- This is my big one. WATCH YOUR DOG. Do not allow your dog to run off and be obnoxious. Do not allow your dogs to distract others. I think most of this rule for me comes from having and training a Dog Aggressive dog (Boomer) . I had to watch her like a hawk and it drove me CRAZY when people let their dog get in her face. That is a good way for your dog to get hurt. When not running, I prefer to keep my dog within three feet of me.If your dog is running about, it isn't learning. Not only that, it is stopping others from learning. Also, my dog is 60 lbs, and although not what I would consider reactive, she does not like dogs in her space. She can HURT them without meaning too. She has a very clearly defined personal space, and her body language clearly says, GET OUT. Dogs that don't read that are the problem. Honestly, I likely make her space issues worse because I tense up when dogs get too close. This is leftover from having Boomer.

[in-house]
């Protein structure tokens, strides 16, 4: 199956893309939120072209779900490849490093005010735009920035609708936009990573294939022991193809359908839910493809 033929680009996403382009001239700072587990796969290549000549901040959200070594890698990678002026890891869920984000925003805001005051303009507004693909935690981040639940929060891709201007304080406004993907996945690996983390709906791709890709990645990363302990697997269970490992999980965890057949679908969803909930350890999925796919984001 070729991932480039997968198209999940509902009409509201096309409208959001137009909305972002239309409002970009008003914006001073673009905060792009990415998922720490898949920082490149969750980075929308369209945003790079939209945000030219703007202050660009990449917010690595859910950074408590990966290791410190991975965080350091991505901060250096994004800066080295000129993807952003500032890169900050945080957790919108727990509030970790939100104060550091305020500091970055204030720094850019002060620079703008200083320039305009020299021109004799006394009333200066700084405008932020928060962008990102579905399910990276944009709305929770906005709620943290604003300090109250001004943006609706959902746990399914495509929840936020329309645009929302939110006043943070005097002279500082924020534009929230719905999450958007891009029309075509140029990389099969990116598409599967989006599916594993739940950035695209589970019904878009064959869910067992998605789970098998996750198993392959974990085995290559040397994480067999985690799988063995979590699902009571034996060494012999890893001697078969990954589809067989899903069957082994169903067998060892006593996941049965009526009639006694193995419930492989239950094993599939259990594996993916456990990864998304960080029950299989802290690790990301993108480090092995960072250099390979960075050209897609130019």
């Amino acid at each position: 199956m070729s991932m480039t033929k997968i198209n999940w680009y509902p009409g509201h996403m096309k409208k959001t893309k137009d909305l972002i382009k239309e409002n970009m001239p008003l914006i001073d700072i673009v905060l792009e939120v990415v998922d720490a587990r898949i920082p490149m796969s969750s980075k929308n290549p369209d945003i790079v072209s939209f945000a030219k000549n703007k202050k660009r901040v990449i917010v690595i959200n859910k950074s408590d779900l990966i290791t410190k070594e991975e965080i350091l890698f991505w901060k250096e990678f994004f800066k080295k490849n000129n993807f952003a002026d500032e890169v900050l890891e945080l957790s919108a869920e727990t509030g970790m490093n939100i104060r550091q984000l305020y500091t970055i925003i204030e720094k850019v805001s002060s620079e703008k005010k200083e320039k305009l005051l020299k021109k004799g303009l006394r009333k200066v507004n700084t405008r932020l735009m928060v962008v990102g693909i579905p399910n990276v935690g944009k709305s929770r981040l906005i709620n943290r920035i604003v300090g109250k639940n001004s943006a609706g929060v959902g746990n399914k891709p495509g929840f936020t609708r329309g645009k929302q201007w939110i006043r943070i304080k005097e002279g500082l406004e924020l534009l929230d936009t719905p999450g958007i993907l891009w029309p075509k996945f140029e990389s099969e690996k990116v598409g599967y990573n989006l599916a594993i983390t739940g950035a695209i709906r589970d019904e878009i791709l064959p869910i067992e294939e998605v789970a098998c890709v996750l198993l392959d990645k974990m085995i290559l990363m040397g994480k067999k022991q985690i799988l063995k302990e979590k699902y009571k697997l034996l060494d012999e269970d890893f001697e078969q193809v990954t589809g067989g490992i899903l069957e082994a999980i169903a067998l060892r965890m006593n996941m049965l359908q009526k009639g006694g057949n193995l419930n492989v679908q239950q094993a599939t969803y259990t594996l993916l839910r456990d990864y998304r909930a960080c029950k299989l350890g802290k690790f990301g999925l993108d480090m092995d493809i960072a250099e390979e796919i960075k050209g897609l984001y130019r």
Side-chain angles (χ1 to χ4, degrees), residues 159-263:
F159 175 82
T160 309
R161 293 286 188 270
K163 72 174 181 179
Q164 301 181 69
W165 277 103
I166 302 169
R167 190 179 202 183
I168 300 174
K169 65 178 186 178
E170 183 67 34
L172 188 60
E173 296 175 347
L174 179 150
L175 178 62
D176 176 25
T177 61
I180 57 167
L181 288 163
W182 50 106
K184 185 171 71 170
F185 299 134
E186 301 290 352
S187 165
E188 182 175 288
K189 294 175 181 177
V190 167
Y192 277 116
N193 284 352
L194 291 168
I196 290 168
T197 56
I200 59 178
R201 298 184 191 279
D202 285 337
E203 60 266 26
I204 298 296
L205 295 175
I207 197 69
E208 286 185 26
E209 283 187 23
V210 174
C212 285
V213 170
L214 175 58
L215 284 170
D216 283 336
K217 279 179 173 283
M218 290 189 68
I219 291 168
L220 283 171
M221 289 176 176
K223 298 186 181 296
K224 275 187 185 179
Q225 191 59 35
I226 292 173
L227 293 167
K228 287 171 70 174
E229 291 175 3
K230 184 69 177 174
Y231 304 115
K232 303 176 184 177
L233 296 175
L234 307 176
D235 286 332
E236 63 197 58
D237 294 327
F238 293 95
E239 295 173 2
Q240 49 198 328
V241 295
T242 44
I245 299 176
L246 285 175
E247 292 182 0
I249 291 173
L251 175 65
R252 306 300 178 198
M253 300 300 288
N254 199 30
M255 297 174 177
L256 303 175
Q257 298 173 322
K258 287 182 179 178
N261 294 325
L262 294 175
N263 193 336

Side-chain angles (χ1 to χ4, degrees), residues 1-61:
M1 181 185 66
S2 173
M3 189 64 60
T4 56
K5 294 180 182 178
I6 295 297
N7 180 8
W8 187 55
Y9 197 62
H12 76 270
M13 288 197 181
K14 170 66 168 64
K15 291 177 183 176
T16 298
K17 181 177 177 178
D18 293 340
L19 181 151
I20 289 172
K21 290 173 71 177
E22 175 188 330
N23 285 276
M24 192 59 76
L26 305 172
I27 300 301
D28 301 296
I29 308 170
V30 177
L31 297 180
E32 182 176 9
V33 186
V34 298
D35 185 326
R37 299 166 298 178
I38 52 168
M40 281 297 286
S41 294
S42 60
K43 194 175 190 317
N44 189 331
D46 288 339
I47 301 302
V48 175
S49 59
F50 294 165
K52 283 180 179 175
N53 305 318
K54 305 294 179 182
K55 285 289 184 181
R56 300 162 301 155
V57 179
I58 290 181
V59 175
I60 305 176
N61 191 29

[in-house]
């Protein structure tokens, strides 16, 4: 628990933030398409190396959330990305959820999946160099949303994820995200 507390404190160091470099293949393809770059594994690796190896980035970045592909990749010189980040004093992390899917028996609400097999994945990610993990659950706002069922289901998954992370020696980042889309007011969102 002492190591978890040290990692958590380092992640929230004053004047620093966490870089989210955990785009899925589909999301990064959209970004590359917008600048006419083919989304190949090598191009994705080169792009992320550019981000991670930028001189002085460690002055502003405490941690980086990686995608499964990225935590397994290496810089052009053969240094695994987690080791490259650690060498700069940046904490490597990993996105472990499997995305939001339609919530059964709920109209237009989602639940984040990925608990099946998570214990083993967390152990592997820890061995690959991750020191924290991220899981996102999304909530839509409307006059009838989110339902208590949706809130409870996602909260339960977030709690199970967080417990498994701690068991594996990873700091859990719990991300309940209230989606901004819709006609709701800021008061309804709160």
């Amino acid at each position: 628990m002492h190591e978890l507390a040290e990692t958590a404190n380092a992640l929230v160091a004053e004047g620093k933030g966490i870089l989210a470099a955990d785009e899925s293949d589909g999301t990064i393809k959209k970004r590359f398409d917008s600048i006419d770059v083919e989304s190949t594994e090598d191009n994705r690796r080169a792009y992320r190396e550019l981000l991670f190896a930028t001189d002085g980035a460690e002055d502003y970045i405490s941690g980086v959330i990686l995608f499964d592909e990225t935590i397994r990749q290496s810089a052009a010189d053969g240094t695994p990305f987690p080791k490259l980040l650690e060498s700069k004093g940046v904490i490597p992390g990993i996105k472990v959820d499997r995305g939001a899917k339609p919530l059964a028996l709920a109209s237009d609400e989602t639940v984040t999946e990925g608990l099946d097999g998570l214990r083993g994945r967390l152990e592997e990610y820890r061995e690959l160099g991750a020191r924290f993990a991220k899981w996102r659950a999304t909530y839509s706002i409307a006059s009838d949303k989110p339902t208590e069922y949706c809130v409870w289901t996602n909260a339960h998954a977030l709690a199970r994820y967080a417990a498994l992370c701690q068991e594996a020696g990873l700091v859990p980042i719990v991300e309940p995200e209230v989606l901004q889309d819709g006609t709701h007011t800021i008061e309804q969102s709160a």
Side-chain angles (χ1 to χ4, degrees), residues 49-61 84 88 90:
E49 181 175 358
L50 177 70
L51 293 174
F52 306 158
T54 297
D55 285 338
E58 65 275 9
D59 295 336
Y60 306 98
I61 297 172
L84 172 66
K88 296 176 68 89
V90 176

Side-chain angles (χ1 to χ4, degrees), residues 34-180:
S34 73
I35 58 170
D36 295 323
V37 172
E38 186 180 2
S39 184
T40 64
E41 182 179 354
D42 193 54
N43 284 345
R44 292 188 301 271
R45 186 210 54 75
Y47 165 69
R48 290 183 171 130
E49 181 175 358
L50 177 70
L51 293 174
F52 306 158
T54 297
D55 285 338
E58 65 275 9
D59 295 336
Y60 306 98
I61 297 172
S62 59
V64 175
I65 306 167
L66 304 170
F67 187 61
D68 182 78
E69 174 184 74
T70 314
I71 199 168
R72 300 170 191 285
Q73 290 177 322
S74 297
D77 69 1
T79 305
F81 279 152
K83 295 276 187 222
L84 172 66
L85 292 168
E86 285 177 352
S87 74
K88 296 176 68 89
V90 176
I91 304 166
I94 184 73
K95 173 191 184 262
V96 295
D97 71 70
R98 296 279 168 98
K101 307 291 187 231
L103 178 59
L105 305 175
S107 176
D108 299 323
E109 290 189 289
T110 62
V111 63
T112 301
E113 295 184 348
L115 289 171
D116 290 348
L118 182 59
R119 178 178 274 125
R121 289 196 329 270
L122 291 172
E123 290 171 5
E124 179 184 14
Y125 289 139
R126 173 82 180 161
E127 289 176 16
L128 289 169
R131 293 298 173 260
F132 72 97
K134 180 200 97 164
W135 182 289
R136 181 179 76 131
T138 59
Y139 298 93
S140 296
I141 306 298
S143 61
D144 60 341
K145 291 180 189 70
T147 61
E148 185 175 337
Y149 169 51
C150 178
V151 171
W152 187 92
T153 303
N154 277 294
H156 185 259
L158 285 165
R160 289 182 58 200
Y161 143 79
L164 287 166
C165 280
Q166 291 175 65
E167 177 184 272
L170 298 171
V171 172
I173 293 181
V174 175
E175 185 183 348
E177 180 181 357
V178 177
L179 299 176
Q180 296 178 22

- Dropping treats. Get a bait bag, get an apron, where something with pockets. I don't care if you hold them up your nose, don't drop them. There are several reasons, one of which being that I don't want my dog eating your nasty beggin' strips. It is also very distracting for there to be treats littering the ground.
- Clean up after your dog. If your dog pottys on the field, scoop it. Most trainers provide not only an exercise area, but also a scoop in case of accidents. Don't ignore it, because someone will end up stepping in it. That's gross.
- LISTEN. If the trainer says do this, DO IT. Don't be inventive, don't think you know better. You don't. There is a reason you are paying your trainer all that money. Especially in Agility, thinking too far ahead can get your dog hurt.
- Do your homework. I am just as guilt of this as the next person. Sometimes weeks get to busy but if you want your dog to succeed in whatever you are doing, you have to work at it.
In other news, I fixed my sewing machine... sort of.